Saturday, January 4, 2020

International Commercial Arbitration in Saudi Arabia


Today ,I introduce you to an unique read with a global impact. It may not be your usual reading, however I feel it important to include given the turmoil the world is currently facing. Today's author, Dr. Ahmed A. Altawyan LL.M, is an expert on the topic of arbitration in Saudi Arabia and gives an unique insight. Also, this book is listed  as one of the 7 Best New Mediation Books To Read In 2020 (https://bookauthority.org/books/new-mediation-booksI).

I hope you enjoy learning about his book, "International Commercial Arbitration in Saudi Arabia."

ABOUT THE BOOK

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This is the first comprehensive analysis of the new Saudi Arbitration Law of 2012, presented by a scholar and practitioner equally educated and fluent in Islamic Sharia, Saudi law, as well as U.S. and international business and trade law. Readers will learn how Islamic Sharia has always included and indeed promoted mediation and arbitration as less confrontational ways of settling disputes. Against this background, it may be surprising that the Saudi judiciary has at times struggled with providing support services for arbitration procedures and enforcement of international awards. The 2012 Law was designed to change this and the book provides a careful comparison of its provisions with international arbitration law as embodied in the UNCITRAL Model Law, the ICC Rules, the LCIA Rules, IBA Rules on Taking of Evidence, and other rules and standards. Dr. Altawyan also explains the consequences of applying Saudi law, including Islamic Sharia as the foundation of Saudi law, to international commercial contracts and arbitration agreements. His conclusions show that Saudi Arabia has taken giant steps forward in its quest toward becoming a modern and investor friendly place for doing business, while also preserving its Islamic heritage and faith. In the same spirit, the author gives clear-eyed recommendations for further evolution of Saudi arbitration law and what international business partners and investors have to do to protect themselves against misunderstandings and surprises in the meantime. The book is completed by English versions of the Saudi Arbitration Law of 2012 and the Execution Law to the Arbitration Law of Saudi Arabia.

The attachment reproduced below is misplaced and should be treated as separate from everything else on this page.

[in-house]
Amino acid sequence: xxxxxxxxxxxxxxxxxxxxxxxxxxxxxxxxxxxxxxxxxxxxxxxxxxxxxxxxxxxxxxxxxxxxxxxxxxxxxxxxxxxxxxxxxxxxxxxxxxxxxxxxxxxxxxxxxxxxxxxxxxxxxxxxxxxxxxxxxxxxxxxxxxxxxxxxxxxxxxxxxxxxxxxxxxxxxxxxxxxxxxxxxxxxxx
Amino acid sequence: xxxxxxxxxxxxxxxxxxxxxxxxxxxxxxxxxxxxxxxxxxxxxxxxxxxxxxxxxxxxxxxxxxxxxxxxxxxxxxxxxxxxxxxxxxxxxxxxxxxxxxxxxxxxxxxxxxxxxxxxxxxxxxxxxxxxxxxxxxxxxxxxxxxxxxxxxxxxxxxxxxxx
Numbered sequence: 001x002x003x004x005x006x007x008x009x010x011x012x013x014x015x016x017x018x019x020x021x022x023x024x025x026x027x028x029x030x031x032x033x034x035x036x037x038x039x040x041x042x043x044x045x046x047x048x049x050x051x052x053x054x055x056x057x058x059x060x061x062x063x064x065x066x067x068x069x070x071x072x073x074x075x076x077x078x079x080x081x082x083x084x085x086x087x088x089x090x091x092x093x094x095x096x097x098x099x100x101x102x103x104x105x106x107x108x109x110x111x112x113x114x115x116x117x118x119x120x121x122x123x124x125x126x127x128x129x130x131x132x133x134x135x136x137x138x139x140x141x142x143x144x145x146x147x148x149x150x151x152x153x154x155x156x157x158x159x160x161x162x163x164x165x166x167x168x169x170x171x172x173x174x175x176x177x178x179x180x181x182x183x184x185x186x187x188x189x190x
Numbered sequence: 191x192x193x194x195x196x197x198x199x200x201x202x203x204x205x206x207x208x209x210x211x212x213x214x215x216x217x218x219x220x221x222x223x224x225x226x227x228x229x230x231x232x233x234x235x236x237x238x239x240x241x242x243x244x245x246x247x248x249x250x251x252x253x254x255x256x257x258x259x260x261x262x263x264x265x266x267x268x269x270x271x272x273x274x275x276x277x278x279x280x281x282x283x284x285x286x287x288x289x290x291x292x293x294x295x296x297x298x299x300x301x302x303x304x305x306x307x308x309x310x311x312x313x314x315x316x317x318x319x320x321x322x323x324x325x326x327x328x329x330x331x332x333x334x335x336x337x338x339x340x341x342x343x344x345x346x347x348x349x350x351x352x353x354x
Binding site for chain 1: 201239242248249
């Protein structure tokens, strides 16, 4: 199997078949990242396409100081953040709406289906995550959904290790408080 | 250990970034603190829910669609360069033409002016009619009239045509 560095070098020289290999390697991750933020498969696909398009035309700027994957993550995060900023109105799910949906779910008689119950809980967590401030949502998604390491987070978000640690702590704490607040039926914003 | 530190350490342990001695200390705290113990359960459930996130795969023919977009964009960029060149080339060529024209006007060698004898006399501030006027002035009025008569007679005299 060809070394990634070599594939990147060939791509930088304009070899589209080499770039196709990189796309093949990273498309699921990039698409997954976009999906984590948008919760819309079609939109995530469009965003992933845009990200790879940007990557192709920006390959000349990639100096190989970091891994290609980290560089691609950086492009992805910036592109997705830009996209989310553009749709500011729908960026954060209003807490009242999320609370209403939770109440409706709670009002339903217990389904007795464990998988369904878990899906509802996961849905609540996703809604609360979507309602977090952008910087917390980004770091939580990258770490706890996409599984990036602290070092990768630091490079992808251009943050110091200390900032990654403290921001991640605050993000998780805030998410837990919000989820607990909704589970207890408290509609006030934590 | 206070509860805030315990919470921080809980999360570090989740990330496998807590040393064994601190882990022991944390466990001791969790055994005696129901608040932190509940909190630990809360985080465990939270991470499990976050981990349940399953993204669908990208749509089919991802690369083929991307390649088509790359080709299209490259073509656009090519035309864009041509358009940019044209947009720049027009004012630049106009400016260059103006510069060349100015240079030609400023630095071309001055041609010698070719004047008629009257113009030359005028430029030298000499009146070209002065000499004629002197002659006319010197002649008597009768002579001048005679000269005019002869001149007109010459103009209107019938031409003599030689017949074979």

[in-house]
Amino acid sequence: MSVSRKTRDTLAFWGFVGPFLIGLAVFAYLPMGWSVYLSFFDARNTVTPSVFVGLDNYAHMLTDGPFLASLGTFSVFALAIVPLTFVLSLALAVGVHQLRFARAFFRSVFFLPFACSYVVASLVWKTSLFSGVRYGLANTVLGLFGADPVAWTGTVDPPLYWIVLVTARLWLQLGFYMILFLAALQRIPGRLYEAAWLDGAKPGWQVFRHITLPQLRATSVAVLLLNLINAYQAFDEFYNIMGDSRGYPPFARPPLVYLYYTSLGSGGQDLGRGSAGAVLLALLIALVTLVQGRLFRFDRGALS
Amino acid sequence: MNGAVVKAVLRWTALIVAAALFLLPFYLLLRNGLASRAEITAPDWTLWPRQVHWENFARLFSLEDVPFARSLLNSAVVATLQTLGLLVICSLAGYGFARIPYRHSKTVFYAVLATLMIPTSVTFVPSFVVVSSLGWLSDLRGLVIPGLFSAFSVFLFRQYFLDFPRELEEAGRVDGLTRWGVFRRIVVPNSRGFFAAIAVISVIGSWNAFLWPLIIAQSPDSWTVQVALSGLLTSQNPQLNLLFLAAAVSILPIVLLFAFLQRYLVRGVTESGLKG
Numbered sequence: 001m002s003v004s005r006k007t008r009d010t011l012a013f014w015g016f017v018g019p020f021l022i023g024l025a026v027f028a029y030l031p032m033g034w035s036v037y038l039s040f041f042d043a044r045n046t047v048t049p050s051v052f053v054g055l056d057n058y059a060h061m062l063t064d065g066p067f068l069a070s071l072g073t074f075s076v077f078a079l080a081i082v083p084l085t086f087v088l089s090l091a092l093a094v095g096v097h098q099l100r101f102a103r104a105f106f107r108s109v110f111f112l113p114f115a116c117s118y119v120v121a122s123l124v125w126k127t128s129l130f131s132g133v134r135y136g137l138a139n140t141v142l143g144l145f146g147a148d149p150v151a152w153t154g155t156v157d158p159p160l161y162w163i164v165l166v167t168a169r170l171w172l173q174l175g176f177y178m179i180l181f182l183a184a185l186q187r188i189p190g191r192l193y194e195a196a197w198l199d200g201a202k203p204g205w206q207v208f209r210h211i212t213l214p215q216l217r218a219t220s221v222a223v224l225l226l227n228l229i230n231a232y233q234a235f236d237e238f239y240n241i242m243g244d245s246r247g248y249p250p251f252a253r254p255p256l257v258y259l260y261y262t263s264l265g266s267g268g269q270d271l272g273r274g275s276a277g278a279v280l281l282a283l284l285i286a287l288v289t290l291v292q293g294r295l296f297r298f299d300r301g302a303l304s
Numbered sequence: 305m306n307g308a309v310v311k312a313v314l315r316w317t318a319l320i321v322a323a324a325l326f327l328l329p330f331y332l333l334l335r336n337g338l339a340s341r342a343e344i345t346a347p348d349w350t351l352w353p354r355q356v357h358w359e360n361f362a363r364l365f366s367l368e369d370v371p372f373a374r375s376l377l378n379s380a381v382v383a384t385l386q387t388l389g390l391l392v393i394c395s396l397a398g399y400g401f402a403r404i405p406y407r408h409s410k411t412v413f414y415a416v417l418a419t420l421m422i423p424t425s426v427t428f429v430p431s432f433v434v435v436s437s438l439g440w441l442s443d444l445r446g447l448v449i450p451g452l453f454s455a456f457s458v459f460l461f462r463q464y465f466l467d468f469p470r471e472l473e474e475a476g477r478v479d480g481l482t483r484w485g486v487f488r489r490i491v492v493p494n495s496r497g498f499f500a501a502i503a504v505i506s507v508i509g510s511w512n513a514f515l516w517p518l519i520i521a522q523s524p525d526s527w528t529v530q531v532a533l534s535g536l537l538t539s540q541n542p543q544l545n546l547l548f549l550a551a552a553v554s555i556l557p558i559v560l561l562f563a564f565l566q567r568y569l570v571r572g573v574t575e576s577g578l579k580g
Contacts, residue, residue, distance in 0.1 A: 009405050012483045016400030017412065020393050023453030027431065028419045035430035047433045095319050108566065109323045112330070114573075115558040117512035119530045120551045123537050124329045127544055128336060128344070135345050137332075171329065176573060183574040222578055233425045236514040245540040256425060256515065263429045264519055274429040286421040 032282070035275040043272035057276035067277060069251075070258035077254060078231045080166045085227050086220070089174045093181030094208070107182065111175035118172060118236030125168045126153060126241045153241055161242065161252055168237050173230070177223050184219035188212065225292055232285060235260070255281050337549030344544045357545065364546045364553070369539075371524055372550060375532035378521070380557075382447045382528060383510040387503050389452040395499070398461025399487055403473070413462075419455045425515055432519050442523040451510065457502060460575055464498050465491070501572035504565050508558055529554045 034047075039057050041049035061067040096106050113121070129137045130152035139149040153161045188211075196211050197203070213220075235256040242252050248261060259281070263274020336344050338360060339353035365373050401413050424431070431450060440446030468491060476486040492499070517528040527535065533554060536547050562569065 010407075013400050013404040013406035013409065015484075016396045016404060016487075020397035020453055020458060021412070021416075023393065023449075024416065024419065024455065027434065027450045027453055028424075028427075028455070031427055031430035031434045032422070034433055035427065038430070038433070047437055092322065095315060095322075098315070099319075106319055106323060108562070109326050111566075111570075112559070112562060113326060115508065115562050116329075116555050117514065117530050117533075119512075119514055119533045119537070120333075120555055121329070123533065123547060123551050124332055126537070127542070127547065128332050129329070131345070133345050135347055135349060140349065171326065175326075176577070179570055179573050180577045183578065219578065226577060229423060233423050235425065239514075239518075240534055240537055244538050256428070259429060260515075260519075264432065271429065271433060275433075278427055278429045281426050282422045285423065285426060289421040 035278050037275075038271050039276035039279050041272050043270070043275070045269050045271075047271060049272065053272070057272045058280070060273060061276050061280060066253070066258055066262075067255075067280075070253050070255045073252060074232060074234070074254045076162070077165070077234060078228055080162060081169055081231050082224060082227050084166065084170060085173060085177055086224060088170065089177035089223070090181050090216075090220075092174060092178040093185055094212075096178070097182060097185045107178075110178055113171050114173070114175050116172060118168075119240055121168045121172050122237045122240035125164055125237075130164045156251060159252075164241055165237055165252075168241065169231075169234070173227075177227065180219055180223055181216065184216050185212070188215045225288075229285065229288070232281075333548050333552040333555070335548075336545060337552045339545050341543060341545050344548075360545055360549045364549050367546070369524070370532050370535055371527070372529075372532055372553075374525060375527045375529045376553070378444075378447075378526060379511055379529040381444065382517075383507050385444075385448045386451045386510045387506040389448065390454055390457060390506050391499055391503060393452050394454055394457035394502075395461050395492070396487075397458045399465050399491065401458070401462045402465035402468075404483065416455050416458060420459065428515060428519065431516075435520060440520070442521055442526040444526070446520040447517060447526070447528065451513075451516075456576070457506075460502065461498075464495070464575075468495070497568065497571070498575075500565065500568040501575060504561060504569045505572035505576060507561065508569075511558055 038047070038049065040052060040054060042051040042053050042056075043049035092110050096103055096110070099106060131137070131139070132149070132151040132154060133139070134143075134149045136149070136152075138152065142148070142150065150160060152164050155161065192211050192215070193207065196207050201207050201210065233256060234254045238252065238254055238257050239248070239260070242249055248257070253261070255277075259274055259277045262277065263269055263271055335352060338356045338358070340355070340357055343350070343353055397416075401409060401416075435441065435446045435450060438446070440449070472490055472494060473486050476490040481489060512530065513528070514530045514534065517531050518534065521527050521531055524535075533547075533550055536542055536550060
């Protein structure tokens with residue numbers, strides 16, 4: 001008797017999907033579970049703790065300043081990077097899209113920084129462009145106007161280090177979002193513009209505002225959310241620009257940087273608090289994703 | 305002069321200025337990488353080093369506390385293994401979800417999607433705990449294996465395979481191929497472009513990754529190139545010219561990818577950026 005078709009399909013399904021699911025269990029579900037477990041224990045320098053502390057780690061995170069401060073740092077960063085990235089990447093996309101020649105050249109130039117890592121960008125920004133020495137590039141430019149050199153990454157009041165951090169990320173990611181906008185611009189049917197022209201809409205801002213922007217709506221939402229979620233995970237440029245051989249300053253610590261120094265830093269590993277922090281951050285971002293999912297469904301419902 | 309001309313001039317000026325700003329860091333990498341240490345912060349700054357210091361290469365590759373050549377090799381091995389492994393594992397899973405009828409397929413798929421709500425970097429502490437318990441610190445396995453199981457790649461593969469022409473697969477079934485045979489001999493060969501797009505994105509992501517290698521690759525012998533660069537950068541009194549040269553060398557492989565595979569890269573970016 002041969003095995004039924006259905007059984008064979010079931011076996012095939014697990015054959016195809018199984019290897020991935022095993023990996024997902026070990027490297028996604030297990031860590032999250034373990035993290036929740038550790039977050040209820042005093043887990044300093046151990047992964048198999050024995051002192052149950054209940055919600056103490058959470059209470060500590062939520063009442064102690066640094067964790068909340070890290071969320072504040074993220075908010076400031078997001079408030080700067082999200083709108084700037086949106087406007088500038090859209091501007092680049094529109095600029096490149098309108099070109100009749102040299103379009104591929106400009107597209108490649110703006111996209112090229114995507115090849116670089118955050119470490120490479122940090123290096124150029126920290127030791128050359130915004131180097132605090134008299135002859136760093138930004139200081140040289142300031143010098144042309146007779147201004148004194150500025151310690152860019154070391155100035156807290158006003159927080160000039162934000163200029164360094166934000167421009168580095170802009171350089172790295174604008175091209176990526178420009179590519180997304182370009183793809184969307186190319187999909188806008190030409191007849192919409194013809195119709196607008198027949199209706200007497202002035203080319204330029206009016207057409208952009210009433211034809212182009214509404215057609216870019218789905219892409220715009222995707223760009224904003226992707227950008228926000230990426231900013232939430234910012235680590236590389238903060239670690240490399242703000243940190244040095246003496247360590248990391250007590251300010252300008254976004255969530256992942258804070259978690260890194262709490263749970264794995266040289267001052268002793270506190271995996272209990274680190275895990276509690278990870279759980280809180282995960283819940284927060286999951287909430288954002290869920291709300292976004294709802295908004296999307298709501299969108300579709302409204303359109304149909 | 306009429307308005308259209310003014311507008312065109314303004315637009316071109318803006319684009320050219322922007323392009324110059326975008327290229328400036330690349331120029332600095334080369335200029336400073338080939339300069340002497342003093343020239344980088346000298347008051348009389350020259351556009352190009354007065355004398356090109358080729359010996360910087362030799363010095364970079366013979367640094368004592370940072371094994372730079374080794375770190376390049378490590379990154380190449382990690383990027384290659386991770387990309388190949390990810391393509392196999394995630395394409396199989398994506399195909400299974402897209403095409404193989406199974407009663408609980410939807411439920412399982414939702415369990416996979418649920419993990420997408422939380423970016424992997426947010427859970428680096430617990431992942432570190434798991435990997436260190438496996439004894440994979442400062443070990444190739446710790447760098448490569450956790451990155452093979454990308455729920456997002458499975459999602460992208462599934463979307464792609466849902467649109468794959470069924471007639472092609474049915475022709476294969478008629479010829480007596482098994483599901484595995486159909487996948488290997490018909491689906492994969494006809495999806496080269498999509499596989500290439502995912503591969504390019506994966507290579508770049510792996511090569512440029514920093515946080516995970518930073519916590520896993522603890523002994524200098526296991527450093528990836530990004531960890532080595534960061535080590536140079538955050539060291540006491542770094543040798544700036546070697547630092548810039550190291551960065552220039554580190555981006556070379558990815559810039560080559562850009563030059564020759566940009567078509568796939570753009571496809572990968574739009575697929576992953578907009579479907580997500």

International Commercial Arbitration in Saudi Arabia 1st Edition
 
by Dr. Ahmed A. Altawyan LL.M. (Author)
 
Tell your readers a little about yourself, where you grew up, where you live now, where you went to school etc. Let them get to know the personal you.

Dr. Ahmed A. Altawyan, LL.M., specializes in Commercial Arbitration, International Business Law, Islamic Finance, and Saudi law. He was nominated to work in the judiciary by the Supreme Judicial Council of the Kingdom of Saudi Arabia in 2011. Currently, he serves as Assistant Professor of Law, Honorary Fellow of the International Islamic Centre for Reconciliation and Arbitration in Dubai, and Member of the Appeals Committee, formed by Royal Order to adjudicate violations and tax disputes. He has been invited to various national and international conferences to present and publish papers on a wide range of legal topics. His academic credentials include an SJD (PhD) in Commercial Arbitration from Indiana University's Robert H. McKinney School of Law (Indianapolis, Indiana, USA); a Master's Degree in Comparative and International Law (LL.M.) from Southern Methodist University's Dedman School of Law (Dallas, Texas, USA); a Master's Degree with honors in Legal Policy and Saudi Law from the High Judicial Institute (Riyadh, Saudi Arabia); and a Bachelor's Degree with first class honors in Islamic Sharia from Al-Imam Mohammad Ibn Saud Islamic University (Riyadh, Saudi Arabia).
What inspired you to author this book?
This is the first comprehensive analysis of the new Saudi Arbitration Law of 2012, presented by a scholar and practitioner equally educated and fluent in Islamic Sharia, Saudi law, as well as U.S. and international business and trade law. Readers will learn how Islamic Sharia has always included and indeed promoted mediation and arbitration as less confrontational ways of settling disputes. Against this background, it may be surprising that the Saudi judiciary has at times struggled with providing support services for arbitration procedures and enforcement of international awards. The 2012 Law was designed to change this and the book provides a careful comparison of its provisions with international arbitration law as embodied in the UNCITRAL Model Law, the ICC Rules, the LCIA Rules, IBA Rules on Taking of Evidence, and other rules and standards. Dr. Altawyan also explains the consequences of applying Saudi law, including Islamic Sharia as the foundation of Saudi law, to international commercial contracts and arbitration agreements. His conclusions show that Saudi Arabia has taken giant steps forward in its quest toward becoming a modern and investor friendly place for doing business, while also preserving its Islamic heritage and faith. In the same spirit, the author gives clear-eyed recommendations for further evolution of Saudi arbitration law and what international business partners and investors have to do to protect themselves against misunderstandings and surprises in the meantime. The book is completed by English versions of the Saudi Arbitration Law of 2012 and the Execution Law to the Arbitration Law of Saudi Arabia.
 

 
 

 




 
 

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